The first two Greco Roman weight classes are out of the way at the European OG Qualifier and one was a bit of a surprise.
Sanal Semenov (RUS) swooped into the tournament as evidence of Russia’s overall depth and beat highly-regarded Kristijan Fris (SRB, world no. 14) to capture gold. Both athletes qualified 59 kg for their respective countries by virtue of making the final.
Semenov would enter the match intent on tying up and pushing Fris around inside, something the Serbian had trouble contending with. There were almost two different speeds between the wrestlers at times, as Semenov was a ball of energy searching for every way possible to invite a mistake on the part of his opponent. Fris was not deterred; he would have a moment early in the first period where it looked like he was in on a scoring chance. But it was the work rate of the Russian that became his calling card all day long which stifled any of Fris’s attacks.
The end would come after a blitzing four-point lead for Semenov. The two re-set after Semenov found his target off the edge for exposure. Once back in par terre it all but over, as Semenov easily got his lock for a gut and rolled Fris twice to end the match at 8-0. Conventional wisdom might call this an upset, as Sanal has not been the same impression-maker as his brother. Today was a different story, and a striking reminder of the kind of depth Russia stacks on its roster, especially at the lower weights.
In the 66 kg weight division, it was one wrestler who has already experienced success at the international senior level and another who is just starting to climb the ranks. Tamas Lorincz (HUN, world no. 4) is a past Olympic silver medalist looking to add to his mantle. Shmagi Bolkvadze (GEO, world no. 12) is a Junior World champion intent on forging his own path. The most anticipated match-up of the day displayed the growth of Bolkvadze along with the savvy skill-set of his older opponent.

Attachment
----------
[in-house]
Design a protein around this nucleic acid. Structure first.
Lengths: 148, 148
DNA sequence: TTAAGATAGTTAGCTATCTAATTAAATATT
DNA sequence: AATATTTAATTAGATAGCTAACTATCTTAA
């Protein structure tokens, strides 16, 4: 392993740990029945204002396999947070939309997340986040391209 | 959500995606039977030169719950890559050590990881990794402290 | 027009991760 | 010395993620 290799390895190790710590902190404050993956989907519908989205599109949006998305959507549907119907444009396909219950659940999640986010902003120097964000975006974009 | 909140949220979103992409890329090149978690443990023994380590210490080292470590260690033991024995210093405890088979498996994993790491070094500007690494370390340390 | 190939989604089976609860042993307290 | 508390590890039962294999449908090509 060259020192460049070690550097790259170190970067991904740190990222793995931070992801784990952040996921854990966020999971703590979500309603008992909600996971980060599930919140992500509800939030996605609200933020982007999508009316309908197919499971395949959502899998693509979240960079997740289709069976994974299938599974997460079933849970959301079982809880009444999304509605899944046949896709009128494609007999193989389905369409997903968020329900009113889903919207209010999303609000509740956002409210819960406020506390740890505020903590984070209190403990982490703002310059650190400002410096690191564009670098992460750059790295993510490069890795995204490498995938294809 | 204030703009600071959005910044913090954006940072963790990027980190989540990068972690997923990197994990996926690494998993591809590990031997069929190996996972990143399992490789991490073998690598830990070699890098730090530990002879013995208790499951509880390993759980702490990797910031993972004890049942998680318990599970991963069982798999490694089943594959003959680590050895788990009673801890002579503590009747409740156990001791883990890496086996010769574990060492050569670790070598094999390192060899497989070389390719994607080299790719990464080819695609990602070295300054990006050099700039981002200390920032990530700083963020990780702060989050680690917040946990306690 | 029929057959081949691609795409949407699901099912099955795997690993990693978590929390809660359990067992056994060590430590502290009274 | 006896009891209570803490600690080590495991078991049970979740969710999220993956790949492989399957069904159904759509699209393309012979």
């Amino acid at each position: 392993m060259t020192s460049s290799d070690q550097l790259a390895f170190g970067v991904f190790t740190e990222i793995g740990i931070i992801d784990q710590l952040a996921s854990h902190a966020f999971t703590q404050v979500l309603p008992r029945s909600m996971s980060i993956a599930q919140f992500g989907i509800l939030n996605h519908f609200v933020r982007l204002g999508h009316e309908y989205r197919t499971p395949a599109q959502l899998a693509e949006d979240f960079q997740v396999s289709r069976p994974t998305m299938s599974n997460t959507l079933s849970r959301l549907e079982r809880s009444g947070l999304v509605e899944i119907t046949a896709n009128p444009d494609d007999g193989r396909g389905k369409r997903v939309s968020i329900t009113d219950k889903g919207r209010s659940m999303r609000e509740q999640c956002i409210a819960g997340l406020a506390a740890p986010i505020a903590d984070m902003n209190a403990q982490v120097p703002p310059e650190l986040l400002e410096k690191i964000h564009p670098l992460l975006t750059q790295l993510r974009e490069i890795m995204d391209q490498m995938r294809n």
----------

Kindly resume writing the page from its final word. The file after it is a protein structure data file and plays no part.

Bolkvadze tried to take it to Lorincz in the early going, clashing violently at times into the Hungarian in effort to snag any kind of opening. Lorincz kept his composure and began to gradually apply the pressure back. A seasoned veteran on the world stage, Lorincz deftly asserted control inside repeatedly and despite Bolkvadze’s apparent willingness to engage, was dinged for passivity. Lorincz would immediately use this chance for a gut attempt. He would get it for twice for four points. However, Georgia would challenge claiming offensive legs. The challenge would stand and the period would end 2-0 in favor of Lorincz.
The second period saw an uptick in Bolkvadze’s already considerable pace. He pushed and pulled and did his best to upset Lorincz’s timing but it wouldn’t work. As the action wore on, Bolkvadze’s effort gave him a sign of life, as he picked up a point on a fleeing-the-hold call. The following par terre chance would shine a light on his inexperience. Bolkvadze created too much space while forcing his lock, which allowed Lorincz to explode up and around for two. Up 4-1, all Lorincz had to do for the remaining minute was stay upright, which he did, denying all of Bolkvadze’s desperate attempts to make something happen. The final score, 4-1 for Lorincz.
Bolkvadze let it all out, giving every ounce of sweat that he could muster. It wasn’t enough, but it was nice to see. Lorincz was simply too familiar with the way the game is played and outfoxed his younger foe multiple times throughout, most significantly standing up, where Bolkvadze is an explosive opportunist.
The tournament continues tomorrow with 75 kg and 85 kg action kicking off at around 9:30am (Serbian time). If you need a refresher of on who to look out for, check this out. We will have summaries and coverage later on the day for those in the states. Also, follow our Twitter feed for updates and commentary.